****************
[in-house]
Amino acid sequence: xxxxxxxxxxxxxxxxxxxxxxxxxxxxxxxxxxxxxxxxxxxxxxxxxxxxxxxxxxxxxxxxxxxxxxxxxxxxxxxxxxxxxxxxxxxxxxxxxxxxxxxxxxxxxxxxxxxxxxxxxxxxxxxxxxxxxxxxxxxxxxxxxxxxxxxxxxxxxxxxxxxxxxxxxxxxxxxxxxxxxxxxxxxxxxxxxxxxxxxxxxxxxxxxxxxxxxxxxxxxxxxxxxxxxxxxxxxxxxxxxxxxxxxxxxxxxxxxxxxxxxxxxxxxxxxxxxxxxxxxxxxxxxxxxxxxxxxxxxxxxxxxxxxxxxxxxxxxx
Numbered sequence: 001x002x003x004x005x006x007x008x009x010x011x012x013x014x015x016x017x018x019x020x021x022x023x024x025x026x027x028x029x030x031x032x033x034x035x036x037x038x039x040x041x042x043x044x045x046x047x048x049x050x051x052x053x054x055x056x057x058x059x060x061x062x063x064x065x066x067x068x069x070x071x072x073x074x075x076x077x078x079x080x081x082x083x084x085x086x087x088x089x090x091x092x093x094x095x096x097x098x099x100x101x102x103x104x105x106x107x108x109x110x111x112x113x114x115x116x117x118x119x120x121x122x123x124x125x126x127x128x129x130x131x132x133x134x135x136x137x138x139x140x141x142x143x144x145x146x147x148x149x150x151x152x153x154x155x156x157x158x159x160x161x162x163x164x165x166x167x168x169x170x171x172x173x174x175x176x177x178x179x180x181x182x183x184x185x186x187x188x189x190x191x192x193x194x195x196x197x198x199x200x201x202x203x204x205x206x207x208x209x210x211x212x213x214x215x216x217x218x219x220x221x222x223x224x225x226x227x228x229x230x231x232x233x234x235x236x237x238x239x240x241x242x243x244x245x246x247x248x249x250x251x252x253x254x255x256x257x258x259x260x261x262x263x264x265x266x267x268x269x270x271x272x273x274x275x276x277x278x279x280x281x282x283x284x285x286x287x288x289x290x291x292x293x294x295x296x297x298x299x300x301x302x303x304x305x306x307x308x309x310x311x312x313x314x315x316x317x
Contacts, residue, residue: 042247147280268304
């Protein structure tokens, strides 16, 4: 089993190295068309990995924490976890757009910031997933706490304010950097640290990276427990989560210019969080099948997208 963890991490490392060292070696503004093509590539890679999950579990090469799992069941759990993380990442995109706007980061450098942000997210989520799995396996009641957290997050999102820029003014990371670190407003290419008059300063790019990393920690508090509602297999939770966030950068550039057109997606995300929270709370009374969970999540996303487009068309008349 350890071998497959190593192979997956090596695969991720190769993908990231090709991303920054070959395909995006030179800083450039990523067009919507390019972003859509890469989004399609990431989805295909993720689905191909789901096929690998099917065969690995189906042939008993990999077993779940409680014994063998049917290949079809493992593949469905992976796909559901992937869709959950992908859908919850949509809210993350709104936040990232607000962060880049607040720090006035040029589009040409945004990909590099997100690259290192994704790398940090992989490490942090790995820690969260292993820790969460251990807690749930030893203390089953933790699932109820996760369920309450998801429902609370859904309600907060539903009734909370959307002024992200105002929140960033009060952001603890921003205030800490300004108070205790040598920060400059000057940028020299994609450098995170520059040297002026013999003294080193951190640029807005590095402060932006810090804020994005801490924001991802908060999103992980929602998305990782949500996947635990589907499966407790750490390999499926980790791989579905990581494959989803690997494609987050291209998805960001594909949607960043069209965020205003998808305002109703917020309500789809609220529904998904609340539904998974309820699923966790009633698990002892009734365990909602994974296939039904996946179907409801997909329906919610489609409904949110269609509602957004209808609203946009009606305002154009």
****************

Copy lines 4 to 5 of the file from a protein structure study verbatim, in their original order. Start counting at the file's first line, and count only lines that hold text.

Contacts, residue, residue: 042247147280268304
């Protein structure tokens, strides 16, 4: 089993190295068309990995924490976890757009910031997933706490304010950097640290990276427990989560210019969080099948997208 963890991490490392060292070696503004093509590539890679999950579990090469799992069941759990993380990442995109706007980061450098942000997210989520799995396996009641957290997050999102820029003014990371670190407003290419008059300063790019990393920690508090509602297999939770966030950068550039057109997606995300929270709370009374969970999540996303487009068309008349 350890071998497959190593192979997956090596695969991720190769993908990231090709991303920054070959395909995006030179800083450039990523067009919507390019972003859509890469989004399609990431989805295909993720689905191909789901096929690998099917065969690995189906042939008993990999077993779940409680014994063998049917290949079809493992593949469905992976796909559901992937869709959950992908859908919850949509809210993350709104936040990232607000962060880049607040720090006035040029589009040409945004990909590099997100690259290192994704790398940090992989490490942090790995820690969260292993820790969460251990807690749930030893203390089953933790699932109820996760369920309450998801429902609370859904309600907060539903009734909370959307002024992200105002929140960033009060952001603890921003205030800490300004108070205790040598920060400059000057940028020299994609450098995170520059040297002026013999003294080193951190640029807005590095402060932006810090804020994005801490924001991802908060999103992980929602998305990782949500996947635990589907499966407790750490390999499926980790791989579905990581494959989803690997494609987050291209998805960001594909949607960043069209965020205003998808305002109703917020309500789809609220529904998904609340539904998974309820699923966790009633698990002892009734365990909602994974296939039904996946179907409801997909329906919610489609409904949110269609509602957004209808609203946009009606305002154009």